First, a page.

This year my stepmother received the news that her brother and her three nephews were tortured and killed by Assad's regime. There is not a day that goes by that she doesn’t cry now. When I heard the news, I was devastated. I remember meeting the four of them and being greeted by their friendly smiles. Photos had apparently surfaced of the nephews participating in anti-government protests three years prior. They were therefore hunted down, jailed, and tortured to death.  My stepmother was sent a photo of her brother with his eyes gouged out. 

My step-aunt’s neighbor's daughters have been raped and their father was set on fire for hiding from authorities in his house. Yesterday, my father sent the news that one of his former students was tortured and killed for posting a cartoon about Assad on Facebook.

My father and his remaining family can only communicate from afar and there is a sense of hopelessness and loss—not only for their family but also for the country that they called home. While we are here worrying about our safety, there are millions of Syrians, like my family, that are living in fear every day. If they do not support Assad's regime or run away to join the rebels, they are left with only one option: join the Islamic State (ISIS), which continues to grow out of the instability from the country's civil war. The other half of Syria has been displaced and is seeking refuge anywhere it can find it.

I am terribly saddened by the harsh rhetoric against accepting Syrian refugees that is in vogue among many candidates in this presidential election. The majority of Syrians are living in terror and just want a safe place for their families to be able to live in peace, send their children to school, and watch them grow up without the fear of torture, bombs, death, and destruction. I want so much to help my family come to the U.S. or to a safe democratic country, and I plead with anyone reading this to consider the desperation of my family and so many others attempting to escape the horrors of everyday life in Syria. 

Photos by Charles McQuillan/Getty Images

This photo proves that they are the chillest onscreen family

Sophie Turner just posted a photo of herself, Maisie Williams, and Isaac Hempstead Wright—aka the Stark siblings—to her Instagram, showing just what the three used to get up to when the Game of Thrones cameras weren't rolling.

The photo shows Wright looking quite pleased with himself while sitting on a makeshift throne, wearing no pants. As he should be, seeing as (spoiler) his character, Bran, won the Iron Throne this weekend. Williams, meanwhile, is looking way too cool to be involved in the shenanigans, wearing a pair of black sunglasses and staring absently off-camera. As for Turner, she's looking away from her onscreen brother, too, nervously smoking a Juul.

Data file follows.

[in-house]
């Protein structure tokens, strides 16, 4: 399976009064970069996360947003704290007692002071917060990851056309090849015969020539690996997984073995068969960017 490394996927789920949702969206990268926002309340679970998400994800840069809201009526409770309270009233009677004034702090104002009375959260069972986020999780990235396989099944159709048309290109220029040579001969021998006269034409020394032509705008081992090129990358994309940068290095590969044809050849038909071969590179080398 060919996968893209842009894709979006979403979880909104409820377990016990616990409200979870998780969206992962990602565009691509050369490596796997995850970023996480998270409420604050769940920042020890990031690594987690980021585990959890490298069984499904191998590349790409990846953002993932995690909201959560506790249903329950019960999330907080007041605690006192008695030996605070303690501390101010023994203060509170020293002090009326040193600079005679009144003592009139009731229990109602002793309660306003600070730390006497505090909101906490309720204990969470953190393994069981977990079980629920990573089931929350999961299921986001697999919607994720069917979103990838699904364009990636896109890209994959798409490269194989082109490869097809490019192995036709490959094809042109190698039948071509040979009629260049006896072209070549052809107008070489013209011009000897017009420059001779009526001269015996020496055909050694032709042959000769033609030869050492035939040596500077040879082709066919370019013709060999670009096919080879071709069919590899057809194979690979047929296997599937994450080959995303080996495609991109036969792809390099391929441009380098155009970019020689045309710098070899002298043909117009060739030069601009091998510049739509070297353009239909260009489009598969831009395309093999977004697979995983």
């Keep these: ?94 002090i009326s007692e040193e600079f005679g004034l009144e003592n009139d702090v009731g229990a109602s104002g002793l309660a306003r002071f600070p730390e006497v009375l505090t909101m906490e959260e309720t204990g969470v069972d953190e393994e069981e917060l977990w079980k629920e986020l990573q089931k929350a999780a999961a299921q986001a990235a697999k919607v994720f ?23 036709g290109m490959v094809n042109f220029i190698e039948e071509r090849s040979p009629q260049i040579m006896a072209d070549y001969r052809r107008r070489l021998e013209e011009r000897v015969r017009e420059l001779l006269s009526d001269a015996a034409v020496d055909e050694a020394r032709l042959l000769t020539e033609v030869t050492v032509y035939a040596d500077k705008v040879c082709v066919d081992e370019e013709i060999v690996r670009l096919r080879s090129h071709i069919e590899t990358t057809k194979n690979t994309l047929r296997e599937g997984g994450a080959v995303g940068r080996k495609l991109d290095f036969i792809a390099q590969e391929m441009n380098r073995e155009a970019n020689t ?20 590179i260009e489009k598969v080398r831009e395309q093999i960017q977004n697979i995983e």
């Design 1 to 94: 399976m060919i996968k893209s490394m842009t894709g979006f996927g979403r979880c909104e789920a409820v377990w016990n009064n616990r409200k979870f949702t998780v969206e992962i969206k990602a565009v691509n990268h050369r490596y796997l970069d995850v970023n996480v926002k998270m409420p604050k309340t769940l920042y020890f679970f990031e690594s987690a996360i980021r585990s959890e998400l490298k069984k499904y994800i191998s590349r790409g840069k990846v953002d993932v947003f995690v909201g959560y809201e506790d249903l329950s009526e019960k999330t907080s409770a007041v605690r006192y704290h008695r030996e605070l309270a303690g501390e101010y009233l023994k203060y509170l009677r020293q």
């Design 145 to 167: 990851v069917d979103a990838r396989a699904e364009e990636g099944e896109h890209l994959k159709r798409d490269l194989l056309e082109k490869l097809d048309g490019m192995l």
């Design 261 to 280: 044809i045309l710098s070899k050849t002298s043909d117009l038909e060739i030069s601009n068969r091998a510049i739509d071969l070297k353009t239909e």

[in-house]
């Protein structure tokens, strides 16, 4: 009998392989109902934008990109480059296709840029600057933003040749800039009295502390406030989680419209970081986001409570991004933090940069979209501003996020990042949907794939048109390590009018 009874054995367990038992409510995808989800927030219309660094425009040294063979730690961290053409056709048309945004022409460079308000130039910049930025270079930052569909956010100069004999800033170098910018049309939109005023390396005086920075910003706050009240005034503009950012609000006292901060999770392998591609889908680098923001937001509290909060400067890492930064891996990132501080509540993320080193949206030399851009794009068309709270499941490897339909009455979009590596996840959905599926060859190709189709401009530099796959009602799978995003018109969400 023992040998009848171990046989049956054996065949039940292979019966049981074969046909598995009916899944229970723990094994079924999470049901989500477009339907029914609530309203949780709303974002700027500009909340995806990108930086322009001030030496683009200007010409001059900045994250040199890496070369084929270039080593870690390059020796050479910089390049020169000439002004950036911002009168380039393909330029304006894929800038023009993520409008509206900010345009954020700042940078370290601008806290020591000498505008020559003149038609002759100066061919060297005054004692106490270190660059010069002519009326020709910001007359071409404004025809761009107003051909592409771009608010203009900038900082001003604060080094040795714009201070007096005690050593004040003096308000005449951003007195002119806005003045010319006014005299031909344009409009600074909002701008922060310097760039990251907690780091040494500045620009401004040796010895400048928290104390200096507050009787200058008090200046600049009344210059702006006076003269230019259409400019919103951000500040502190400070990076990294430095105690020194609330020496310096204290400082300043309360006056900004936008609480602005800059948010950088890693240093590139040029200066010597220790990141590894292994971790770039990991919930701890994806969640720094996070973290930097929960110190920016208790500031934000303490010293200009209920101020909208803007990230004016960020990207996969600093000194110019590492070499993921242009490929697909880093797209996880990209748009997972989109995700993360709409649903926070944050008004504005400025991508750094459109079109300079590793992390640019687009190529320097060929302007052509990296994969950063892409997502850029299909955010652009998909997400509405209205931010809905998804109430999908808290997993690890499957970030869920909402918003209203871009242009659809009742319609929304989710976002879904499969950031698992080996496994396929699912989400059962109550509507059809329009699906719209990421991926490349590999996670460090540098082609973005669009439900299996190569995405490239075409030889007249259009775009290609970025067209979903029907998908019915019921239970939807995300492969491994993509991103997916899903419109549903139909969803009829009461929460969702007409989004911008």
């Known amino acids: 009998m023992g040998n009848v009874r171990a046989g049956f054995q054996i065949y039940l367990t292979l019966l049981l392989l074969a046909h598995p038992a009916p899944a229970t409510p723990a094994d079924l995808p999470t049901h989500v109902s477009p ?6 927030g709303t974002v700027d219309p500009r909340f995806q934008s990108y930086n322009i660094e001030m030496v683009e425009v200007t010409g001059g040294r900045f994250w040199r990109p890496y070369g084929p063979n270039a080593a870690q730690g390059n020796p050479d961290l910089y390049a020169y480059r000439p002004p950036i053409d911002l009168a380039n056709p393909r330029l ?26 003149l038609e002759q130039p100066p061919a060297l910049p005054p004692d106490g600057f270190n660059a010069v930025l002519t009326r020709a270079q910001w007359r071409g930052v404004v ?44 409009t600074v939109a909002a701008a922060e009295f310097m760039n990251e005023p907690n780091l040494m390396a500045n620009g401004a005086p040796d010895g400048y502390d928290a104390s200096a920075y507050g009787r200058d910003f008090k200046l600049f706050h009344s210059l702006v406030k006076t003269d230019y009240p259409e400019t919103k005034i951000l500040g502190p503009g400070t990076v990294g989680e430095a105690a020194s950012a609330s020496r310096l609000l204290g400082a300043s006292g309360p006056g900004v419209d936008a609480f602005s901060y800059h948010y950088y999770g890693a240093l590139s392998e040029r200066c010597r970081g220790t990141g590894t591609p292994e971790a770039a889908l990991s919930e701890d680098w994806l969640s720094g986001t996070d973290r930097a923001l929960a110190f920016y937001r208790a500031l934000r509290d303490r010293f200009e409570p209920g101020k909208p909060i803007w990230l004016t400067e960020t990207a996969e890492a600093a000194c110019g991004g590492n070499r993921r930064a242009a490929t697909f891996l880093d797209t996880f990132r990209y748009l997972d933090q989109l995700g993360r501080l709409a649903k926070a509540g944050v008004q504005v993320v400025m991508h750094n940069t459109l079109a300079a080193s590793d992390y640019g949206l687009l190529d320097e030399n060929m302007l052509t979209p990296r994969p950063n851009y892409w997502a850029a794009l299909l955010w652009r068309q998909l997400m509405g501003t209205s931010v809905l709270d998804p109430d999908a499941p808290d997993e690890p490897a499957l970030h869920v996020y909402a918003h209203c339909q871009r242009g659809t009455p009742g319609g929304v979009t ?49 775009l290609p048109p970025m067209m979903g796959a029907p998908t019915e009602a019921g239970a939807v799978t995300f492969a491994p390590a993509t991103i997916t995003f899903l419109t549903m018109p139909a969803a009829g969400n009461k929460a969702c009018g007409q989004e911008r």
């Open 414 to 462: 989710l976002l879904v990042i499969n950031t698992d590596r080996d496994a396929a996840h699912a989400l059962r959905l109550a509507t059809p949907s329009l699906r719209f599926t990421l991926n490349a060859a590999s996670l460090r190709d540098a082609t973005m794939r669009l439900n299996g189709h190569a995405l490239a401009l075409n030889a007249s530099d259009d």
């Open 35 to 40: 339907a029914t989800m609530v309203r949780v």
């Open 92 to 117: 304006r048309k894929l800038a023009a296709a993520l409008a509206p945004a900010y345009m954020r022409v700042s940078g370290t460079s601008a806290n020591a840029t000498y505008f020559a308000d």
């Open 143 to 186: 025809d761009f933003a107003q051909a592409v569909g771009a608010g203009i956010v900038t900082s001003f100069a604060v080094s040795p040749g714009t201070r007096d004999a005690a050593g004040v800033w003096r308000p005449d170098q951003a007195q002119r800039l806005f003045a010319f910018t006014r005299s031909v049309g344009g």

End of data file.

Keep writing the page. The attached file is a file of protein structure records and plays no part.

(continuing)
"The pack survived," Turner captioned the photo.

This photo just goes to prove that the Stark siblings are the chillest onscreen family. (It also proves, yet again, that Turner's social media is an absolute delight.)

We're actually a little sad that this footage didn't make it into the final season, considering how many modern-day objects have been spotted in the show's last few episodes.

Photo via @mileycyrus on Twitter

Meet Ashley

Miley Cyrus shared the trailer for her forthcoming Black Mirror episode, and it's basically Hannah Montana set in a dystopian future. Cyrus is a pink wig-wearing pop star named Ashley who is rolling out an in-home virtual assistant, named Ashley Too, that looks like her and shares her voice. But, as is the case with every Black Mirror episode, this technology is not as cute and fun as it's advertised to be.

In the trailer, we get the idea that Ashley is all about wanting fans to "believe" in themselves—but underneath that pink wig, maybe she doesn't feel that same self-love. After Ashley Too introduces herself to fan and new owner Rachel, promising to be her friend, we get a look at Ashley's darker side. She's depressed and tired of the pop star life. A record label executive says to several people in the room, "She doesn't understand how fragile all this is." As they consider upping her dose of medication, Ashley's life is on a downward slope. "It's getting so hard to keep doing this," she voices over glimpses of a police car chase, performances, and breakdowns backstage.

But back to the technology: Does Ashley's breakdown also mean the breakdown of Ashley Too? Looks like it. We see Rachel's virtual assistant screaming, "Get that cable out of my ass! Holy shit! Pull it out," breathing a sigh of relief as soon as they pull it out. A title card then reveals the episode name, "Rachel, Jack, and Ashley Too."

Watch the full trailer and get a full view of Cyrus' cyborg-esque pop star look, below. Black Mirror returns to Netflix on June 5.


Photo by Paras Griffin / Stringer / Getty Images.